I didn’t watch the first hour of the England v Hungary game last night on the grounds that I was enjoying a few pints with an old friend on Bristol’s famous King Street. I’ve long learned to prioritise real life and actual people above mere trivia like football matches, although perhaps if it had been a final or some such Big Occasion my decision may have been different. As it was several hours of entertaining conversation, most of the coherent stuff came from old friend to be fair, we went to a pub with a Big Screen which was showing the game and we were the only people in said pub watching it. And what we saw, it must be said, wasn’t terribly good. We left the pub to get the bus home and conversation strayed quickly away from football and onto just about anything else. I switched on my steam-powered computer today to find I’d dodged a bullet in not seeing the game and some of the awful stuff going on in the stands.

Visitors from Hungary included actual fascists, the same people presumably who abused England’s black players at the corresponding game in Budapest. The ‘knee’ was heartily booed and soon Hungarian ultras were attacking the thinner-than-it-should-have-been blue line. Hungary’s prime minister Viktor Orban has weaponised the sort of men who follow the national football team into a travelling nazi army and doubtless he would have been proud at the sight of his fellow countrymen brawling with agents of the law in the stands of The Home Of Football.

Part of me wonders if our own hard right home secretary Priti ‘Vacant’ Patel would have been feeling a modicum of empathy with a kindred spirit such as Orban. After all, the daughter of immigrants from Uganda was quite content for English fans to boo the team’s opposition to racism. Why would she feel different about violent thugs taking protest a step further?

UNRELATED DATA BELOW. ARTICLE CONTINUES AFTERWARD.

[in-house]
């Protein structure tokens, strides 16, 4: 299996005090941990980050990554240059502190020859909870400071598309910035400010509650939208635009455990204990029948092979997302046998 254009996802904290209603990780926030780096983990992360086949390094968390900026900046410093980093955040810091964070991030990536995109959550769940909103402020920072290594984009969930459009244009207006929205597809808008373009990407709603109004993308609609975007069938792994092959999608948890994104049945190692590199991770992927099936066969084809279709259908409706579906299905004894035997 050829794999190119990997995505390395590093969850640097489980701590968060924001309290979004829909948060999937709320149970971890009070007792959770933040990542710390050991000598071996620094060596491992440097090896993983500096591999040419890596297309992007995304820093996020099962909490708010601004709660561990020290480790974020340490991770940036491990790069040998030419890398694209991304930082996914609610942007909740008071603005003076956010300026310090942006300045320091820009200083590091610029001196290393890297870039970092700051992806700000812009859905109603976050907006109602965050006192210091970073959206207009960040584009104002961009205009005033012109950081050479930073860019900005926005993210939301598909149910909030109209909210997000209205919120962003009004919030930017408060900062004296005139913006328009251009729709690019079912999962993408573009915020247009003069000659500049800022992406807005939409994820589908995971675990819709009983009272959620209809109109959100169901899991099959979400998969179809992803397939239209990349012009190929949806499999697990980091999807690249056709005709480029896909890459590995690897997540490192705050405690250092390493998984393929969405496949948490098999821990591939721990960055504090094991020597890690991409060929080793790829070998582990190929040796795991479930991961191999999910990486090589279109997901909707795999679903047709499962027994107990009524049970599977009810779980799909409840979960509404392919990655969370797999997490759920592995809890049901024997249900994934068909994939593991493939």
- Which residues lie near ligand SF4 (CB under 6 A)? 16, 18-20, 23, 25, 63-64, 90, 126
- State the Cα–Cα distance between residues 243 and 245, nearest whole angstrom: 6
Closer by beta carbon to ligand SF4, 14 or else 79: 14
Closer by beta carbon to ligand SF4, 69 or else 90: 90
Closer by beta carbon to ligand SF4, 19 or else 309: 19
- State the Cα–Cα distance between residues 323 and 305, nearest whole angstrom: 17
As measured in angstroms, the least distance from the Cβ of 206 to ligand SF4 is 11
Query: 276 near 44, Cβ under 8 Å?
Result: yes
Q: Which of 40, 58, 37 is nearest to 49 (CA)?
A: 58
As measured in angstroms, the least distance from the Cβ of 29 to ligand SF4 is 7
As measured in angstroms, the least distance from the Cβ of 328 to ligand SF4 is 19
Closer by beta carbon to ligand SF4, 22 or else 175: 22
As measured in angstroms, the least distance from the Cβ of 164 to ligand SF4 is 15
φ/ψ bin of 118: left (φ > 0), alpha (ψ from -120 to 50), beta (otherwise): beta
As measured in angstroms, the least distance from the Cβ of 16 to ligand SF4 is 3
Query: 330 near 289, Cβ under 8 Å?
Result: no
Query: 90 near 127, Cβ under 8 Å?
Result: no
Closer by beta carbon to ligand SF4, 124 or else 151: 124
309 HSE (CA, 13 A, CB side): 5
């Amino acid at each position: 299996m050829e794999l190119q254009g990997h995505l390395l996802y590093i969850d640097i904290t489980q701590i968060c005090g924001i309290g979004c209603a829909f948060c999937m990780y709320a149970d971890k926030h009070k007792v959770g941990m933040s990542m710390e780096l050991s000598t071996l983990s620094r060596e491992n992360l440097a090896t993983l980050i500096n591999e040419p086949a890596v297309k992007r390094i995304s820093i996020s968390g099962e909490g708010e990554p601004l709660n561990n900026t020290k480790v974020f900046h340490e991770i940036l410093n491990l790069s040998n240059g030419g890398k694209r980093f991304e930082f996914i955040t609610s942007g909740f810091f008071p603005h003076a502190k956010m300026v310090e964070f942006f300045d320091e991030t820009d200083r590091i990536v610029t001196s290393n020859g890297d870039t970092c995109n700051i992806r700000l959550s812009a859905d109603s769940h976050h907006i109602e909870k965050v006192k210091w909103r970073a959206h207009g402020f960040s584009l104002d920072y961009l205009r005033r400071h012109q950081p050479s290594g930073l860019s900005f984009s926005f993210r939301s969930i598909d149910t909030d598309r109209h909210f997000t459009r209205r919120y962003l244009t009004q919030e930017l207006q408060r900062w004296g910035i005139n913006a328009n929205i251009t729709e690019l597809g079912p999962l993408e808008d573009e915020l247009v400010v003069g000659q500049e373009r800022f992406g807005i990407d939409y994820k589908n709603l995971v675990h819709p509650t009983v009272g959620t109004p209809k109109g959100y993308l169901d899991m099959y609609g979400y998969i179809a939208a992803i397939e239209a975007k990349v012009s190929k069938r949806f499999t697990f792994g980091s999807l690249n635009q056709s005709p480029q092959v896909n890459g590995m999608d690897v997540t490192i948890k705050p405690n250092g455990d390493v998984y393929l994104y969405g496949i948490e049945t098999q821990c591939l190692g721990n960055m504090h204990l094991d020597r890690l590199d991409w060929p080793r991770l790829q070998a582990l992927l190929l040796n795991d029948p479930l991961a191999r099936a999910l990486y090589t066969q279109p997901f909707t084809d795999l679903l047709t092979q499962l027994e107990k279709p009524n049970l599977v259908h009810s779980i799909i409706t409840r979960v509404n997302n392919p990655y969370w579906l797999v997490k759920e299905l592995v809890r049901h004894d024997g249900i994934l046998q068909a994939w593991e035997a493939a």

The football I can’t really talk about because I didn’t see enough of it. But predictably social media is full of ‘taxi for Southgate’ and all manner of faux anger from people who think England have a divine right to turn up and beat Johnny Foreigner. So the team stuttered and stumbled against a large double-decker bus parked on the edge of the Hungarian penalty area and it wasn’t good enough. Forget our run to the World Cup semi-finals in 2018, the semi-final appearance in the Nations League and then the final – only the fucking final, mind – of the European Championships of 2020, played in 2021. But hey, Gareth Southgate has to go now. What’s Sam Allardyce doing?

At least I am beginning to rediscover some of the things that really matter in life as opposed to the things that don’t. An evening with an old friend was infinitely more enjoyable than England’s draw against Hungary. In fact, I watch less football in person and on television since I was a very young teenager because – and here’s the rub – it isn’t really important, not in the real world where time seems to pass faster than ever and everywhere around me people are moving on and sadly passing on. After all, football is only a game, no matter what Bill Shankly said.